Bushie personally knows of many persons such as you speak of…. They would actually benefit themselves if they were to make their fair contribution to their communities. Very few of us recognise the IMMENSE benefits to personal self-esteem, continued success, personal enfranchisement, and most importantly, COMMUNITY DEVELOPMENT, when such ‘successful’ persons are FULLY embraced as complete and valuable members of society – instead of being seen as ‘poor black scrunters’…….

    To keep a few dollars, such persons sacrifice their righteous CHARACTER and even their material success….

    ….but politicians LOVE the concept of keeping such masses of mendicant yardfowls at their beck and call….
    …right angela??!!
    LOL
    ha ha ha

    Like

  • It is really pathetic to hear the minister of finance on VOB’s 7.30 news begging………asking people to come up with suggestions……..they are not coming up any suggestions.

    My dear minister, to do your job as finance minister, we the taxpayers are paying you a very big salary every month with even hefty allowances to make your life easier and sweeter………….you told us arrogantly us………we do not want to hear anything from wunnah, wunnah had 14 years, now us we time, any ideas wunnah got keep to wunnah selves………and now you are surprised that accordingly to you not one idea is coming forward to help you all?

    Come on man, we have David, Artax, Miller, Bush Tea, Caswell, Frustrated Business Man, Bernard and many others here giving advice daily and you would not take an ounce of the advice……..You would not take our advice so now that you have finally realised that after nine years quoting Frustrated………

    “This is why removal of circulating cash by gov’t in the form of further taxation, investment notes and non-payment for local goods and services in an effort to save ForEx will cause economic recession in the coming months and not realise the tax income goals touted as the economy shrinks and economic activity is curtailed.

    We cannot tax ourselves into prosperity. Prosperity is only achieved when many people are involved in much economic activity and everyone takes their cut. No cash, no economic activity, no cut; economic disaster”……

    You all should resign now, you have admitted you cannot get the job done.

    Like

  • millertheanunnaki

    @ William SkinnerJune 15, 2017 at 1:41 AM
    “I knew a teacher who had some hens , who used to make more money from selling eggs than his teaching salary and he did not have any fowl farm.”
    “Paying taxes and contributions to the NIS is imperative because we simply cannot afford any free riders anymore. Everybody must pay as they earn.”

    Let me make it clear from the outset that I believe every person who benefits from the pool of goods and services provided by the government should in principle contribute to the cost of providing those ‘public goods’ by way of taxation based on the twin canons or principles of the ability to pay and/or in proportion to the quantity of direct benefits received or taken from the pool.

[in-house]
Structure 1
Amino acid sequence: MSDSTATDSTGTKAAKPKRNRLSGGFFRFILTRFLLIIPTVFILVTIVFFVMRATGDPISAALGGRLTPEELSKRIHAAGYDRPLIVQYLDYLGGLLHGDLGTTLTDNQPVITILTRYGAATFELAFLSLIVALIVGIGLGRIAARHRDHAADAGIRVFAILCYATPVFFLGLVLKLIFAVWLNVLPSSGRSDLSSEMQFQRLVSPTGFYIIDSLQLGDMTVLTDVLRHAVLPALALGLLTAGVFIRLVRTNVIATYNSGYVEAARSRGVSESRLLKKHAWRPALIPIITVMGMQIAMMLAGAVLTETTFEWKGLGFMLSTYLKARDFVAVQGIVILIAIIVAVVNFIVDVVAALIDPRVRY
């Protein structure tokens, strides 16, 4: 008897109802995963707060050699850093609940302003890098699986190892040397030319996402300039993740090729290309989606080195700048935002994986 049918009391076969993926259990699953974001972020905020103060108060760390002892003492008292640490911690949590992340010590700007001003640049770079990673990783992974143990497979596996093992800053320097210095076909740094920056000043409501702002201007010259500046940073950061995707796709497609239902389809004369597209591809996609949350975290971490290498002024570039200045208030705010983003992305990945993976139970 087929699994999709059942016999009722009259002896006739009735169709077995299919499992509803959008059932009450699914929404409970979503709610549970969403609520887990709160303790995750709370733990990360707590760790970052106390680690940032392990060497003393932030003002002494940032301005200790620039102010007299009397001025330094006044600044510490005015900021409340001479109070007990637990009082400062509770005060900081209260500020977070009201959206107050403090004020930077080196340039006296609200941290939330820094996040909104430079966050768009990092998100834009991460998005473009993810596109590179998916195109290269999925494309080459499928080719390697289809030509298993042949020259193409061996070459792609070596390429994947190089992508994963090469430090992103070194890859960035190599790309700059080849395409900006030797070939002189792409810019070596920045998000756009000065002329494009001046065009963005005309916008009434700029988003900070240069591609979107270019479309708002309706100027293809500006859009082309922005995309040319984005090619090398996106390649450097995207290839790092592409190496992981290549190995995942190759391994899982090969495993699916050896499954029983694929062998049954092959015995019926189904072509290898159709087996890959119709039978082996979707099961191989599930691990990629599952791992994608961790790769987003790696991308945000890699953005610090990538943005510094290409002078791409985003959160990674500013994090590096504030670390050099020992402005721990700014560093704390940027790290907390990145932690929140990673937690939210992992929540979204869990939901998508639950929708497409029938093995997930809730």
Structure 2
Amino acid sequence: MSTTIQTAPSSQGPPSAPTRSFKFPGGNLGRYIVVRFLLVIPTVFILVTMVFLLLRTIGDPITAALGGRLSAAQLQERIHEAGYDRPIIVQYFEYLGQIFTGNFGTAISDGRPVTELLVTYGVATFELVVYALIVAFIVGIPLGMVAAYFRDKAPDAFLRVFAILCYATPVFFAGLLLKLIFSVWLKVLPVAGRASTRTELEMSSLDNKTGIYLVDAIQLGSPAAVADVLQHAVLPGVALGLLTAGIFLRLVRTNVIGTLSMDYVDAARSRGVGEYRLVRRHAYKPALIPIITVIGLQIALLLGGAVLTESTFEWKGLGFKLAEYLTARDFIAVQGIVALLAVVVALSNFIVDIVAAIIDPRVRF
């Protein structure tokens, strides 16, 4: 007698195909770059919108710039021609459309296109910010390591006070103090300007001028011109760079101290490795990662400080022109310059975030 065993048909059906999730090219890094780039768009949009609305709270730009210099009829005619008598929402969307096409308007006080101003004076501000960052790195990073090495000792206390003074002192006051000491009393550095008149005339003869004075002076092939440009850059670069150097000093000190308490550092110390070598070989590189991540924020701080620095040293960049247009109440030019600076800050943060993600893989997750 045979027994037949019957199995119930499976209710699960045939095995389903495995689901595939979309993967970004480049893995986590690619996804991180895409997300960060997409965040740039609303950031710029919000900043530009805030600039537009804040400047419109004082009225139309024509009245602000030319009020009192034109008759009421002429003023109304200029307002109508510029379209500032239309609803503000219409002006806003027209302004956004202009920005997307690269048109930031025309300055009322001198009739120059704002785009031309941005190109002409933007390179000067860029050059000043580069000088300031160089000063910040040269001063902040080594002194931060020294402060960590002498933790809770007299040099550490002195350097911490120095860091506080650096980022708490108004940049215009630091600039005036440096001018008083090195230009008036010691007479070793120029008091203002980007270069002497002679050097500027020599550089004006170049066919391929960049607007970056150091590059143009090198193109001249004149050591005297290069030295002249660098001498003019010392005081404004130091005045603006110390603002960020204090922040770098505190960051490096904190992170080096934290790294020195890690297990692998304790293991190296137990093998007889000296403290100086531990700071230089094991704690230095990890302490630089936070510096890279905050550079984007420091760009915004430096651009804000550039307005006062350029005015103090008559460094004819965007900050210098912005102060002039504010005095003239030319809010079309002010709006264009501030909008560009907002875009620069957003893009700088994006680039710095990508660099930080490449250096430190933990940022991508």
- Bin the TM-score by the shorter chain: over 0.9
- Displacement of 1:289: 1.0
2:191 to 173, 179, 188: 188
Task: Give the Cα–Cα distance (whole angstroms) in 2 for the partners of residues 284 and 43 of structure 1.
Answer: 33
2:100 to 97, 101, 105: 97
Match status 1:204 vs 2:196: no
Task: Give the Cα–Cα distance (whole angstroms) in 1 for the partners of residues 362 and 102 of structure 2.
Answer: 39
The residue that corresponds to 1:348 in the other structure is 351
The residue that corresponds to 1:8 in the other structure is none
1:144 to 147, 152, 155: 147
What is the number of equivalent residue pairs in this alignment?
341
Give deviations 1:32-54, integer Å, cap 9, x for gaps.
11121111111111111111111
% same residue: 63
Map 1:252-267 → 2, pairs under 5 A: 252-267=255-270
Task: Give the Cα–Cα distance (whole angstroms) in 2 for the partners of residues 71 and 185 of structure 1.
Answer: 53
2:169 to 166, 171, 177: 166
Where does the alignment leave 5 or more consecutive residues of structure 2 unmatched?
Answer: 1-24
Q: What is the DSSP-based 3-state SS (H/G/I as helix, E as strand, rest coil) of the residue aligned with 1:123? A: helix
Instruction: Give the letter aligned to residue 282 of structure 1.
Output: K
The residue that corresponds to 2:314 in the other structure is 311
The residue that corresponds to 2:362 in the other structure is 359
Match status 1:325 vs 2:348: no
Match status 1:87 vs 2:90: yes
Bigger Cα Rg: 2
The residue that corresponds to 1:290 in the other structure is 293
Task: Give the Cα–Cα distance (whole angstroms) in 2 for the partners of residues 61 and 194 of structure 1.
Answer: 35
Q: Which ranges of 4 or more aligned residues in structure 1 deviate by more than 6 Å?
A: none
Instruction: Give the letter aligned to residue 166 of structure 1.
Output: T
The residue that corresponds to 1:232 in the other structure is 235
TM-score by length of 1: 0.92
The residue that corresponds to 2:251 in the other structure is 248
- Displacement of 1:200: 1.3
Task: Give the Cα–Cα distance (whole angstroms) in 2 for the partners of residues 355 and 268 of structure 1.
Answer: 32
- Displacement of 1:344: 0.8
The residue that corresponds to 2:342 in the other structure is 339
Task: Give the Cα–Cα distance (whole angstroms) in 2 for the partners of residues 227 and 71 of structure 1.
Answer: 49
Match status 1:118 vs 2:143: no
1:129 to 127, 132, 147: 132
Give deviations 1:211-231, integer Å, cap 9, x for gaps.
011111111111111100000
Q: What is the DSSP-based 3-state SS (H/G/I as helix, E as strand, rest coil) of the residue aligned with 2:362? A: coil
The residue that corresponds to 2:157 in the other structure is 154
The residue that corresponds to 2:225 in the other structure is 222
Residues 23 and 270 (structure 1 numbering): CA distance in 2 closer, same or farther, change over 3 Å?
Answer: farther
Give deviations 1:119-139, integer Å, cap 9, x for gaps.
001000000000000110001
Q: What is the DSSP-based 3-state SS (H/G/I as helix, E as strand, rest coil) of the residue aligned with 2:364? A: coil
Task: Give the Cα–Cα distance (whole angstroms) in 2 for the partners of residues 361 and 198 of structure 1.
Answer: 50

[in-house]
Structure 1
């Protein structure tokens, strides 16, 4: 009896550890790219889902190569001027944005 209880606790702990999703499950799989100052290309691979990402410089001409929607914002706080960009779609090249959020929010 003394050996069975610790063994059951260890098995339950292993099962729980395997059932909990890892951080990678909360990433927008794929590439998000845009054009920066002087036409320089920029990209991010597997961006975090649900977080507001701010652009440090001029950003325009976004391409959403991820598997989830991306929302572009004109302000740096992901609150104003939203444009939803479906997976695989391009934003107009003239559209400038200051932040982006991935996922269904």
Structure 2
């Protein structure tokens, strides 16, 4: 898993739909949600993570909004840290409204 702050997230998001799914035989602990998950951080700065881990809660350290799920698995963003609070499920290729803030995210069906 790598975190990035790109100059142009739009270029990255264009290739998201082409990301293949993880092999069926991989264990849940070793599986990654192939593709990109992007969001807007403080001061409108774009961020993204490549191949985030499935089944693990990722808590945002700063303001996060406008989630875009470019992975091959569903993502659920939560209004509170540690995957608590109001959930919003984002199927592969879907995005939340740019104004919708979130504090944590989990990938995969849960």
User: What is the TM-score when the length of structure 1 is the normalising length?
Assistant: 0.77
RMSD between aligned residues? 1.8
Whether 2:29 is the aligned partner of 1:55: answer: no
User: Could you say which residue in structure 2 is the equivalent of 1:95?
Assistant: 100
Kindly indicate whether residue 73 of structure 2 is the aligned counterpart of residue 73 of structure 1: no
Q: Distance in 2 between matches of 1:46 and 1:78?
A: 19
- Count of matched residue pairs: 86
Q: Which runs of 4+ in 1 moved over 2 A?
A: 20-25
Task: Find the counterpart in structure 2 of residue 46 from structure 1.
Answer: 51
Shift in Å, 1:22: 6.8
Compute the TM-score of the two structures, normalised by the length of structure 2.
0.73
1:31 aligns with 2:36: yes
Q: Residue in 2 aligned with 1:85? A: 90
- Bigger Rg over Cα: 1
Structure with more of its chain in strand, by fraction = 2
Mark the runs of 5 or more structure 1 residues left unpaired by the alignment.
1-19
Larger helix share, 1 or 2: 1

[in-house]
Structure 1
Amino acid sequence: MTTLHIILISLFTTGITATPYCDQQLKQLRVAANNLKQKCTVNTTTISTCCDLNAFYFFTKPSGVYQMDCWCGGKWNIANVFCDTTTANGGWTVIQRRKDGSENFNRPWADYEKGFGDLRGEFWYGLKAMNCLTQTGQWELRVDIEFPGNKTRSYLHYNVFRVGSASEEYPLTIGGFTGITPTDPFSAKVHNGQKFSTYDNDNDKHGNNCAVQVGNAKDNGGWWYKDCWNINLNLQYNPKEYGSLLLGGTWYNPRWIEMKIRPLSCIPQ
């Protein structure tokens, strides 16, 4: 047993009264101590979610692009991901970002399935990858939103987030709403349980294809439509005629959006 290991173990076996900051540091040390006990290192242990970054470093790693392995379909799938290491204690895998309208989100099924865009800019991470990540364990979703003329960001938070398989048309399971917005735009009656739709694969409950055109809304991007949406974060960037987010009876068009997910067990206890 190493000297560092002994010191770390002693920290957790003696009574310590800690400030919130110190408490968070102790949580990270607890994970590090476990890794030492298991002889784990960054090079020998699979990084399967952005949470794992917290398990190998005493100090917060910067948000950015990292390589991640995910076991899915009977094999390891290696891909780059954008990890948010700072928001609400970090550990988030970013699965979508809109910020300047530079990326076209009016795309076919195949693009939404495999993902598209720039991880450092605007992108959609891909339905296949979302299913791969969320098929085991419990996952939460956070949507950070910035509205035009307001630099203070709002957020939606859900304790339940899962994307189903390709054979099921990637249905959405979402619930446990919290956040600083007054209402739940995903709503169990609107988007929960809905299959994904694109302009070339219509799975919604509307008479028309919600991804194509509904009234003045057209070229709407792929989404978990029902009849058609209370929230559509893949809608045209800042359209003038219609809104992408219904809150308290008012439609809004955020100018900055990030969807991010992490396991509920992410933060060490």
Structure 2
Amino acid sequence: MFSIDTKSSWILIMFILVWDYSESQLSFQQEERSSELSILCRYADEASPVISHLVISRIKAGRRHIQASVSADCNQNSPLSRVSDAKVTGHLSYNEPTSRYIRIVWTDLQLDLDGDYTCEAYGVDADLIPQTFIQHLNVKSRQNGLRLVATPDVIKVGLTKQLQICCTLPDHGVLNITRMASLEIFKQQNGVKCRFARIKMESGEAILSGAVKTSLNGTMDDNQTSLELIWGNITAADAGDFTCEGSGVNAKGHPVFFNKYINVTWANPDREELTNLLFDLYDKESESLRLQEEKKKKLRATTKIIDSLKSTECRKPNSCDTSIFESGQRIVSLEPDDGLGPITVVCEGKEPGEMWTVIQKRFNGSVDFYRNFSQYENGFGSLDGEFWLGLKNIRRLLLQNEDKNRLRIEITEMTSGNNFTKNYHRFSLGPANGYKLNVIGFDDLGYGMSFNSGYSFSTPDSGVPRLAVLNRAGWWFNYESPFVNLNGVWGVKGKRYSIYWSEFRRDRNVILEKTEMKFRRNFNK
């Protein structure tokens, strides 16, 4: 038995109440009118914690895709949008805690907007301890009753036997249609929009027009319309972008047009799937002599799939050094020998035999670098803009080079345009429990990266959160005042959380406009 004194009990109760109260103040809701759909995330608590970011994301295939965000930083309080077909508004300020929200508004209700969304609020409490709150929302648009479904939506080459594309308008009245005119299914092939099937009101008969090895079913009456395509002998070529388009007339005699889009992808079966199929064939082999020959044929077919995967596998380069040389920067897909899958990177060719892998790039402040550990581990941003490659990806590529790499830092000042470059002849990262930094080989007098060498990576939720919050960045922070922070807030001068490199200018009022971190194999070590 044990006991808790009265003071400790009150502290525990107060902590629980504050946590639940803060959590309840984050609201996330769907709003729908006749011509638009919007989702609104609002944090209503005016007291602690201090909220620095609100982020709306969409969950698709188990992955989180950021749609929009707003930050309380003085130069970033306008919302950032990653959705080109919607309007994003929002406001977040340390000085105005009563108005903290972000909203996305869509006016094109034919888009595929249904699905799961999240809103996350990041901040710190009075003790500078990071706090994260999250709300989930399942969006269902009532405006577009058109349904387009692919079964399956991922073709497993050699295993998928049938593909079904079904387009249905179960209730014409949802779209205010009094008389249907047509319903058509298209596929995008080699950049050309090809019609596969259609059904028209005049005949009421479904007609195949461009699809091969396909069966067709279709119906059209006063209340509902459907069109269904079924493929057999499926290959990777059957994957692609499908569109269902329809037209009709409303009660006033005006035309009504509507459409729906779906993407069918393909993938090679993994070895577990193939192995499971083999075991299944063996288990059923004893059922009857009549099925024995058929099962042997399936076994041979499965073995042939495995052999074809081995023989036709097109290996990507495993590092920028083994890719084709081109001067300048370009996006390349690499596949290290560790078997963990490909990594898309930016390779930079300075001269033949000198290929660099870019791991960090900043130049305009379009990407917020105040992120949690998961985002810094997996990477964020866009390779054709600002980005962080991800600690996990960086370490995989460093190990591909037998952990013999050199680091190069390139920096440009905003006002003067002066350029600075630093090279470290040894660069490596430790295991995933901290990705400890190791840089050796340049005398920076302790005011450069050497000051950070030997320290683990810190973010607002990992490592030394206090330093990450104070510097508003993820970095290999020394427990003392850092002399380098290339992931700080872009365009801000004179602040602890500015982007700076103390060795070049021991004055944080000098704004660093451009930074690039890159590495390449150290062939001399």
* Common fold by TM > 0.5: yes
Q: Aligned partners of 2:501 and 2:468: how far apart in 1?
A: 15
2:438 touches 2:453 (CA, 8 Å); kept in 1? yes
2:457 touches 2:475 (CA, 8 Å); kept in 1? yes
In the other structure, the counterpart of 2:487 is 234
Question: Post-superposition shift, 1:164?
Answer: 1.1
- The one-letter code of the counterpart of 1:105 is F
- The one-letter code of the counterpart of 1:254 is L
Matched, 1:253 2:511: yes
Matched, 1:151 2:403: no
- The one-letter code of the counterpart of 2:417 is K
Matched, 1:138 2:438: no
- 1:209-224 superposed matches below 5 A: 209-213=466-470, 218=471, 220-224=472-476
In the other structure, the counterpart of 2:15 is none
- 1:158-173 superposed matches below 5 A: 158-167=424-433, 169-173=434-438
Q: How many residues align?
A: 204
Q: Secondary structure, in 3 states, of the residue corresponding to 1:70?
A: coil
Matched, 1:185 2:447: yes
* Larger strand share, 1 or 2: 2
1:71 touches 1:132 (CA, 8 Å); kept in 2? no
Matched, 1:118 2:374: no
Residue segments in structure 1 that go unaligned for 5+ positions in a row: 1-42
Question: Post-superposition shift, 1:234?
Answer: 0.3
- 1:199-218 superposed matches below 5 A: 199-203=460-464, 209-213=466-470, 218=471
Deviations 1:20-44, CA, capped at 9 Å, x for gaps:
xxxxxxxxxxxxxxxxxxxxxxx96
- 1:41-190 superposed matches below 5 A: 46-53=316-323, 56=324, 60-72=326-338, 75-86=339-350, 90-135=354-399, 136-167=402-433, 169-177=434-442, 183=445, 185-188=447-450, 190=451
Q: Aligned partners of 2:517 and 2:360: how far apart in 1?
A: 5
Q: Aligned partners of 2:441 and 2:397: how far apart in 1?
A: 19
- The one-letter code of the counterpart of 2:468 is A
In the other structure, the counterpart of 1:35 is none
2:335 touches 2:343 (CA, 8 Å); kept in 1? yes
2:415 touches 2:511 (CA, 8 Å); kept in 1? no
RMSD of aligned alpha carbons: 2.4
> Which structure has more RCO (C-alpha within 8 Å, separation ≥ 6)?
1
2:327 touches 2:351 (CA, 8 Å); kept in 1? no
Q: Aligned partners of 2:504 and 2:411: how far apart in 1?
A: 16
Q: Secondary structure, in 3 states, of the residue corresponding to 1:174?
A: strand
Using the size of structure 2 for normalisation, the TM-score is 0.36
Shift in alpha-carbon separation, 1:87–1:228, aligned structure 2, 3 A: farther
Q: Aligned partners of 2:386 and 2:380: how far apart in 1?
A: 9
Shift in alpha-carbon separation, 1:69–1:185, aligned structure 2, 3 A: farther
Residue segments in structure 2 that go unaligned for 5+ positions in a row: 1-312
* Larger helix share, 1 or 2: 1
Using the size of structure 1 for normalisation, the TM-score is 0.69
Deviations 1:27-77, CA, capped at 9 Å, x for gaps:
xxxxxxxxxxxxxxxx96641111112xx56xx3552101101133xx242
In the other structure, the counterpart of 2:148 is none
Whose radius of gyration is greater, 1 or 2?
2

However, you make it appear as if the responsibility to make contributions to the pool rests solely on the shoulders of these off-payroll tax dodgers comprised mainly of “butchers, carpenters, fisherfolk and mini bus owners {who} make a lot more money than some who are deemed middle class” aka that eponymous group called “the poor black man”.
    There is already adequate legislation on laws on the statute books to collect taxes from those off-payroll tax avoiders.

    The Income Tax Act requires that people in receipt of income (from any source) in excess of $25,000 per annum ($40,000 for pensioners) must file a tax return and pay any taxes due.
    So Billy, it’s just a matter of ‘ENFORCEMENT’; just like most laws in Barbados.

    The BRA has on its payroll an army of tax inspectors/assessors.

    Why not demand that they get off their lazy butts (as the health inspectors of old used to do) and go into the highways and byways of commercial/professional/trading activity to bring these people into the direct taxation net?

    We are sure if there were sufficiently competent tax inspectors in the field your teacher friend above would have to give an account of his earnings from his ‘hobby’ chicken business and pay over the additional taxes arising there from; a clear case of tax evasion on the part of you ‘teacher’ friend which you tacitly supported, even if innocently.

    Why not use the property (land) tax register and the list of car owners registered with the Licensing Authority to cross check that there is measure of ‘reasonable’ compatibility with those on the Income Tax roll?

    After all, the “poor black man” might be able to ‘hide’ his income. However, given his ‘mauby pocket but champagne taste’ lifestyle, there is no way he would avoid flaunting his conspicuous lifestyle in order to keep up with the salaried middle-class Jones.

    Why borrow foreign money to implement a sophisticated ICT system if it is not going to pay for itself?